Five years ago today, young bones groaned and Shakesville was born.

It was originally christened as Shakespeare's Sister, which was not an allusion to delusions of grandeur, but the name of one of my favorite Smiths' songs, which contains a line that stuck me—and strikes me still—as being beautifully apposite to my feelings about blogging: "I thought that if you had / An acoustic guitar / Then it meant that you were / A protest singer." Whatever clever old Mozza actually intended with that lyric, it suggests to me something about authenticity; having the accessories and tools of someone who does something meaningful doesn't make you someone who does something meaningful. Calling this blog Shakespeare's Sister was meant to remind me, always, that I started it to try to make some kind of difference in this world and that only what I put into it could make it so.

And then there was the Virginia Woolf essay, "A Room of One's Own," from whence Mozza nicked the name; I borrowed it, too, because I am the heir of all the Shakespeare's Sisters before me, who carved out rooms of their own, tiny pieces of space and time, in which they formed the habit of freedom and mustered the courage to write exactly what they thought. I took up their legacy with breathless gratitude and compelling need, and I created a room of my own, built of 1s and 0s, where I try to honor them, as best I can.

After other writers joined me in this space, and a community started to grow up around this blog, Shakespeare's Sister, which was also my handle when I started in anonymity, seemed too personal somehow, and so we became Shakesville.

When I first started the blog, I never imagined that it would grow into such an awesome (in the original meaning) and complex and vibrant community. What has emerged in this space absolutely floors me.

I've never believed that blogs will change the world, but I do believe most fervently that even a single blog has the capacity to change the world for individual people in big and small ways, can turn people on to and connect them with a global community, offer a much-needed laugh on a bad day, provide support and validation from like-minded people, open its readers' minds to new ideas and persuade them to let go of prejudices and give them a new way of understanding and loving themselves. I do believe in expecting more and being engaged and striving for safe spaces and teaspoons. I believe most passionately in teaspoons. I'm happy and grateful to have found people who believe in them, too.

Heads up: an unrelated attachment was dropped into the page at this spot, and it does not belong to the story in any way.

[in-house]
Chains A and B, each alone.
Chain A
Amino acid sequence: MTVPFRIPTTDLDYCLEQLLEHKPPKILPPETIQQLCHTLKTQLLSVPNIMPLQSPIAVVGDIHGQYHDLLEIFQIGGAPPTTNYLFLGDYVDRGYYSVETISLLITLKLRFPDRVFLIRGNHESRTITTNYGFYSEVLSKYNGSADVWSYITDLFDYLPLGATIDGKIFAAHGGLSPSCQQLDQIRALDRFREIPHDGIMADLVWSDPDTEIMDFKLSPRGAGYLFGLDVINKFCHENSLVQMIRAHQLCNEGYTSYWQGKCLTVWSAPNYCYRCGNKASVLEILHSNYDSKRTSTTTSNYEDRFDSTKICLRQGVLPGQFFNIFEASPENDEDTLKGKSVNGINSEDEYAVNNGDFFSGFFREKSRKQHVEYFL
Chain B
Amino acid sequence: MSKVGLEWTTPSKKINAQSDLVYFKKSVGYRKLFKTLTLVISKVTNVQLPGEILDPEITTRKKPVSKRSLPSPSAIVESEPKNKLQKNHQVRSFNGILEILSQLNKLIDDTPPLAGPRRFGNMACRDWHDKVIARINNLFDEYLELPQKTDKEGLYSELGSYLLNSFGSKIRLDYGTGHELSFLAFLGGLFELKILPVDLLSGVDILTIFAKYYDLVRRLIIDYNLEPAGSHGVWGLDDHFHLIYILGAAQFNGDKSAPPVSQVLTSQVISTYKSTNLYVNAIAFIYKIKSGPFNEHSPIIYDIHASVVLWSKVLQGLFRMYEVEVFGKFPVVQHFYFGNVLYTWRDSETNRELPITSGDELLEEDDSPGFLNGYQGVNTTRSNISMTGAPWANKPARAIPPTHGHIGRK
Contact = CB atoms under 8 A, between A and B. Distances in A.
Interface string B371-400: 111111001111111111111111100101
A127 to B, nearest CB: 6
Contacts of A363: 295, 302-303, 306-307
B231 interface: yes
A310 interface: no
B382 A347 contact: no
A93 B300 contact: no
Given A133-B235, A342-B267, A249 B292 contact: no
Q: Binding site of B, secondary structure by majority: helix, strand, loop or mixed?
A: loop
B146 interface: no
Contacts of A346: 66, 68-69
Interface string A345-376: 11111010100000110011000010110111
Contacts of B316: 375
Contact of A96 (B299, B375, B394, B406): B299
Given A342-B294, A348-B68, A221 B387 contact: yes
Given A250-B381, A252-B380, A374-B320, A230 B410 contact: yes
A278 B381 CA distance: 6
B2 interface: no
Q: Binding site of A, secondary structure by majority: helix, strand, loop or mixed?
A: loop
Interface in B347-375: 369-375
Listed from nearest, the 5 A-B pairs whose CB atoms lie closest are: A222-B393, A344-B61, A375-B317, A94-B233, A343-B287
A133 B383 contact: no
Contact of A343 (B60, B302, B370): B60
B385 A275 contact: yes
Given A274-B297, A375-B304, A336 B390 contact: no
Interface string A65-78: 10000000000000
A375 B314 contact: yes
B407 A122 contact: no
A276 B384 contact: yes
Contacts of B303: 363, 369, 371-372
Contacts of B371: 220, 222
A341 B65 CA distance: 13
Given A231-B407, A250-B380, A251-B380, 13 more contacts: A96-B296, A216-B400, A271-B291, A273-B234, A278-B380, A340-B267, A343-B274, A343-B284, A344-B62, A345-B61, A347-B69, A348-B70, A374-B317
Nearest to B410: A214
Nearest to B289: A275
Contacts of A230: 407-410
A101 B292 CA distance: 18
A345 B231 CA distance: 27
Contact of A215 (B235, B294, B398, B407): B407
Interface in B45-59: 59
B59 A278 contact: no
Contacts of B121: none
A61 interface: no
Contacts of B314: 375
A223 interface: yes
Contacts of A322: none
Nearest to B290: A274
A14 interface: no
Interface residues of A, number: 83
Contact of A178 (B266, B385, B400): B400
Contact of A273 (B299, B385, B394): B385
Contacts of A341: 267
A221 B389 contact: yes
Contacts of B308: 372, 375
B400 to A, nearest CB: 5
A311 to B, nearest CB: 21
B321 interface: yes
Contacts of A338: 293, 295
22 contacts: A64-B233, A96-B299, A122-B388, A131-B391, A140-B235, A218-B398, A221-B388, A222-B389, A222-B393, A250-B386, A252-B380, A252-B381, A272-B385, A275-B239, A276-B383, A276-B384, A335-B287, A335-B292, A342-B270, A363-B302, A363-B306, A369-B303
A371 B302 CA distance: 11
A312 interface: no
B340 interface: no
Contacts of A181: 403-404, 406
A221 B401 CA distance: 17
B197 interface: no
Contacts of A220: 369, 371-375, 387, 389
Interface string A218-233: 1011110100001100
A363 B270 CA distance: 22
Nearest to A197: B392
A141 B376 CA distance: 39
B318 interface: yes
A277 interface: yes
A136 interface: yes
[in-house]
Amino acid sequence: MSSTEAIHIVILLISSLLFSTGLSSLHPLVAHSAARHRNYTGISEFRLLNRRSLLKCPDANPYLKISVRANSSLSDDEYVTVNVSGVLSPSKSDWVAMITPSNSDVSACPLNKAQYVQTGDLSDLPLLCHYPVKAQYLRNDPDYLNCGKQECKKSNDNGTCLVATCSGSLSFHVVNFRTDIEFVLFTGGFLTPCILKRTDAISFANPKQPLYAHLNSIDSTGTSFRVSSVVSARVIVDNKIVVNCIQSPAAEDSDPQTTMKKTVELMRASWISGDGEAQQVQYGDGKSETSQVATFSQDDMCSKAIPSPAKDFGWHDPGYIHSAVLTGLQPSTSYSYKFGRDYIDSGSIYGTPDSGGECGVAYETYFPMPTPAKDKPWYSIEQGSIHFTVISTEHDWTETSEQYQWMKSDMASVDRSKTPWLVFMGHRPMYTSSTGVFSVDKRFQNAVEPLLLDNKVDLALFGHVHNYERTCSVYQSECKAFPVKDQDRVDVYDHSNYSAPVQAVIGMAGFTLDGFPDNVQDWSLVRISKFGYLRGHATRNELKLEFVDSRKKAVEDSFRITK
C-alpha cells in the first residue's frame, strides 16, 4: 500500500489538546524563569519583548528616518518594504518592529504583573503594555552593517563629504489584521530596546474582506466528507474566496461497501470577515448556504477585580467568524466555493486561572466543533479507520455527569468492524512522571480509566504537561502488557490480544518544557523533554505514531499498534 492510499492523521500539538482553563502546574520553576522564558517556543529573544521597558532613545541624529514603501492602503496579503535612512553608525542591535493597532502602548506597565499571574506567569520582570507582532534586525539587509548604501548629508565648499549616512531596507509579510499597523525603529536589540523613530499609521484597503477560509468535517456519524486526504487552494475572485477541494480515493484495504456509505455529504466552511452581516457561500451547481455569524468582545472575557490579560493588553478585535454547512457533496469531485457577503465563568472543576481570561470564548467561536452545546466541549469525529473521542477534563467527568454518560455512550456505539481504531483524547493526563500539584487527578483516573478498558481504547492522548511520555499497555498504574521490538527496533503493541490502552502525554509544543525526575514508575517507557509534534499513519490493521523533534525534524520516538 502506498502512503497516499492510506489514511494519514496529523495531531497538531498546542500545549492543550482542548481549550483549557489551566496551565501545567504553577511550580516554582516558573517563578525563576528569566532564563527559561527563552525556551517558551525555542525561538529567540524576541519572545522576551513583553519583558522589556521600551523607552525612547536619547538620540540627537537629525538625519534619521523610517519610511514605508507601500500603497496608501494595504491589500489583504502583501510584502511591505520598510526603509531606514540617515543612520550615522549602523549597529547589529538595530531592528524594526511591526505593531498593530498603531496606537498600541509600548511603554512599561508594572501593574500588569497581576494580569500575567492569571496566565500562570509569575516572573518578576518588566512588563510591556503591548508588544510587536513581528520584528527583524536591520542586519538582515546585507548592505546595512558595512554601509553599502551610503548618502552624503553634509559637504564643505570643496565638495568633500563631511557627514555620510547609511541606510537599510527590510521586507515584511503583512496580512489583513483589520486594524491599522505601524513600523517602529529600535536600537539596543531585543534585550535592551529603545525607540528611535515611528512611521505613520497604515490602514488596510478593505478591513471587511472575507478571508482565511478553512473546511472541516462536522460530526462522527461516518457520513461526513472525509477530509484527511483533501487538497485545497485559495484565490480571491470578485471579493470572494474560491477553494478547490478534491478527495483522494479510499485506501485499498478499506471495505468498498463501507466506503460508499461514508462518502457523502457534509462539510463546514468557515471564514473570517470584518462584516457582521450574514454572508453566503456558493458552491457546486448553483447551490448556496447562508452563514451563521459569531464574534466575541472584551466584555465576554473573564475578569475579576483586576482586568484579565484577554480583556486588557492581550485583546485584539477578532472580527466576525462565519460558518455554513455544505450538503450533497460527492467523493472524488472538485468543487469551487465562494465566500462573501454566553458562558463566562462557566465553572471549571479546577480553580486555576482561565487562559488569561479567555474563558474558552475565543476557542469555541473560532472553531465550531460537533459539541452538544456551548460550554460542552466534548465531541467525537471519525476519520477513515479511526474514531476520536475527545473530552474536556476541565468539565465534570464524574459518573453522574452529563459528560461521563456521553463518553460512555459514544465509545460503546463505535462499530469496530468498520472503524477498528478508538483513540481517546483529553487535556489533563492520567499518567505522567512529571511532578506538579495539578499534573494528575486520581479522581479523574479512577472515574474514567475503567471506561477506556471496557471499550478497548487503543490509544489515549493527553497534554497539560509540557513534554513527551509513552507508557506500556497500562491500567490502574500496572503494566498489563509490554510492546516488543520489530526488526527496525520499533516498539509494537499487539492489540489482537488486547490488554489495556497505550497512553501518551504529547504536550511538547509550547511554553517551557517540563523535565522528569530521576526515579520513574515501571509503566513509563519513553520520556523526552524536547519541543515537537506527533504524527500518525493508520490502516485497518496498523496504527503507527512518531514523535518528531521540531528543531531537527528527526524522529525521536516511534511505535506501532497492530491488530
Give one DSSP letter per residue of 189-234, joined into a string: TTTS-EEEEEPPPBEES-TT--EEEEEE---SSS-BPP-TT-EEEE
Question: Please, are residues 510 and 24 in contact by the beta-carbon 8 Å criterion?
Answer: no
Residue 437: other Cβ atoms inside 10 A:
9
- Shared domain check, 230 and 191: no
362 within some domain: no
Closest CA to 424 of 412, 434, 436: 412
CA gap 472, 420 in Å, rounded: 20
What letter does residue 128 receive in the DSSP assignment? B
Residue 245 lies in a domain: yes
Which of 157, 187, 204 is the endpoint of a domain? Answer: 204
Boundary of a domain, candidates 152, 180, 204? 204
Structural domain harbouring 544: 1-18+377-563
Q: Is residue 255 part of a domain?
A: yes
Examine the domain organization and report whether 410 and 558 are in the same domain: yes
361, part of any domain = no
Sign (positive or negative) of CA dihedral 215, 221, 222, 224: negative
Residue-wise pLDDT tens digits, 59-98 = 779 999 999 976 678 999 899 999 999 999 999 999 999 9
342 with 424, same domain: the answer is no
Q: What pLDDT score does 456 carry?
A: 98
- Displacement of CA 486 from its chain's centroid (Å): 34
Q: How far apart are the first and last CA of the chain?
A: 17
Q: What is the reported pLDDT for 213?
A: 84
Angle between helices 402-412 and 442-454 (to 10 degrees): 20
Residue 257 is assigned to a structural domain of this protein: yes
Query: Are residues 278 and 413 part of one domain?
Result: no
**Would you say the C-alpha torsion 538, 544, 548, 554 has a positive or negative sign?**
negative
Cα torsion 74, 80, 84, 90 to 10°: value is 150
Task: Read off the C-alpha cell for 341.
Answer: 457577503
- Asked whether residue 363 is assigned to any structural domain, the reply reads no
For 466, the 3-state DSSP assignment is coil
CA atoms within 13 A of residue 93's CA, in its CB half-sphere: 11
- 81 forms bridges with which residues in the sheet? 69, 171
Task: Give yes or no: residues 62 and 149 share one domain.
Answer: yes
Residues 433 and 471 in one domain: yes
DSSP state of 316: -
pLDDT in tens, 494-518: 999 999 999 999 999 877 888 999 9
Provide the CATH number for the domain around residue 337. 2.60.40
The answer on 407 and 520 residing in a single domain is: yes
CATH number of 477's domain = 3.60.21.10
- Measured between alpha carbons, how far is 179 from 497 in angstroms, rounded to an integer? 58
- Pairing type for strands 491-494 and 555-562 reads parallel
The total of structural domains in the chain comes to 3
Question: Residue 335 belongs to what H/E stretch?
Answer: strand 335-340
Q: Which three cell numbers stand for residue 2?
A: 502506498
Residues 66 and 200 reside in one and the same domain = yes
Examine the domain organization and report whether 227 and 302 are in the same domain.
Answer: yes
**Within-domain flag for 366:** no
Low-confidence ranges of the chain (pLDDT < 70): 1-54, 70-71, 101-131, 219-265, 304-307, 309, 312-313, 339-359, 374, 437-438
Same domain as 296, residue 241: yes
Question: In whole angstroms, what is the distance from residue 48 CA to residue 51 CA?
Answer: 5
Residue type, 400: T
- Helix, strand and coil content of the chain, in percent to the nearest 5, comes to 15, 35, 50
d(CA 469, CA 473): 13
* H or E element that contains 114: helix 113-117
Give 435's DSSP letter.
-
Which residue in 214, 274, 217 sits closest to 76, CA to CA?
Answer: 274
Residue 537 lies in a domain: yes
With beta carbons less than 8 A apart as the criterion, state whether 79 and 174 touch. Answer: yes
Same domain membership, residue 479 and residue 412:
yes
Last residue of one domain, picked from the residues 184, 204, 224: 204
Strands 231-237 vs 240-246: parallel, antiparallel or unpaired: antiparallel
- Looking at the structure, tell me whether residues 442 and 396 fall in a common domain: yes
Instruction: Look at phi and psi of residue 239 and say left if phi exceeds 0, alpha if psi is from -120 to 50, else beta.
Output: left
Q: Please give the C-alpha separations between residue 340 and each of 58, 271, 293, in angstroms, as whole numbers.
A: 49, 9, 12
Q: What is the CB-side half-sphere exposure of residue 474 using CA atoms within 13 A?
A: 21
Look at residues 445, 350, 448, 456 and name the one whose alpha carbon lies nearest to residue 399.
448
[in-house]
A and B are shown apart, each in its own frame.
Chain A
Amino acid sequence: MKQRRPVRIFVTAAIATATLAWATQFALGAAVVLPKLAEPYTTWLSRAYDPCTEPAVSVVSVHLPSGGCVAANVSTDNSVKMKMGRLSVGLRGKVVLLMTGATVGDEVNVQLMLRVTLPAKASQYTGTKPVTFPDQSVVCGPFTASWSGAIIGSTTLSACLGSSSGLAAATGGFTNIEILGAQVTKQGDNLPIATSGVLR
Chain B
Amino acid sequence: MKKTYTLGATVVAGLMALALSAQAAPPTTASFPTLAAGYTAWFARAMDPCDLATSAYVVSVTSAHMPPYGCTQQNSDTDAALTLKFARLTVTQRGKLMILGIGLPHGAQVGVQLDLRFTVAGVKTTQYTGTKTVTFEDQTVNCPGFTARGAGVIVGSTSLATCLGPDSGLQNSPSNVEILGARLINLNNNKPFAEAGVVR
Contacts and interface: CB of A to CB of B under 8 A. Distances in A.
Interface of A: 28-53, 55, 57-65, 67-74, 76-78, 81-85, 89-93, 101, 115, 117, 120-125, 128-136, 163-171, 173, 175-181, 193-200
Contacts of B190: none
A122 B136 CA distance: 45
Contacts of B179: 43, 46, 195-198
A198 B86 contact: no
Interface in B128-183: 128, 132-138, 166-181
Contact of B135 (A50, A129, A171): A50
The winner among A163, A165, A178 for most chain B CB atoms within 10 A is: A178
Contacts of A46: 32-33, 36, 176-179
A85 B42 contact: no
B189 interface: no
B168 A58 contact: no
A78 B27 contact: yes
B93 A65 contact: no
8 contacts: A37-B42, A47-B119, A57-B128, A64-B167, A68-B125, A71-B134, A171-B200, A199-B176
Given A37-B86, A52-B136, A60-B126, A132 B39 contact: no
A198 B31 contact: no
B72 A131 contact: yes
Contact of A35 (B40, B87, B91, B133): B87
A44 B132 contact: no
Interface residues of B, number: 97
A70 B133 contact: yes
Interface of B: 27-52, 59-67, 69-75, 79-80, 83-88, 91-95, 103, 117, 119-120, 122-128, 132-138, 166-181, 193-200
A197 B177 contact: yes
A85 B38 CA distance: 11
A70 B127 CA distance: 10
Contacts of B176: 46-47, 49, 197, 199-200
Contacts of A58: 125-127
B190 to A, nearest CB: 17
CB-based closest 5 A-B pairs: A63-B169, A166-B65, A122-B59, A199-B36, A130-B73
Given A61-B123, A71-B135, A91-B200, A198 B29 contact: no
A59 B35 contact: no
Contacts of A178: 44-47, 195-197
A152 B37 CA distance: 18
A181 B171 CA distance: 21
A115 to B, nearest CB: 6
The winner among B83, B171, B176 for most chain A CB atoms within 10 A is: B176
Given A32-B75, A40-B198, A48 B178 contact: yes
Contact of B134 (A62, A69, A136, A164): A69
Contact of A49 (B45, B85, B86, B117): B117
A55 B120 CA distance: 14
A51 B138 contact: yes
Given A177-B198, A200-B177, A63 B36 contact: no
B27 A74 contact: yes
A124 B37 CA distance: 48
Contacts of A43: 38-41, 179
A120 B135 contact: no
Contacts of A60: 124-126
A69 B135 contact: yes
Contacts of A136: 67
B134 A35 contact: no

I am a better person than I was five years ago. I know more about myself, both the good things and the things that need changing. I've made great friends and had great teachers. I've learned more in this space than I ever could have imagined, and this is, by far, the toughest job I've ever had, and the most rewarding. I am forever changed because of Shakesville, and the people who visit or come to stay.

The Shakers are a great lot. That's about the long and the short of it. Thank you, everyone.

I'm going to continue to try to make this a space you enjoy visiting. I'm going to fuck up and disappoint you and piss you off once in a while, but I'll endeavor to balance that with some good stuff, too. I am, still, as I was the day I started, just a grrl with a metaphorical guitar who knows it takes more to be a folk singer, fumbling to find her place and her voice. I don't know what the hell I'm doing most of the time, so we're all pretty lucky when it seems like I do.

Thanks to the other contributors, for everything you put on the page and everything you do for me behind the scenes.

And thanks to my beloved Iain, who first suggested I start this blog, and who makes Shakesville possible in every conceivable way.


Shakesville is run as a safe space. First-time commenters: Please read Shakesville's Commenting Policy and Feminism 101 Section before commenting. We also do lots of in-thread moderation, so we ask that everyone read the entirety of any thread before commenting, to ensure compliance with any in-thread moderation. Thank you.

blog comments powered by Disqus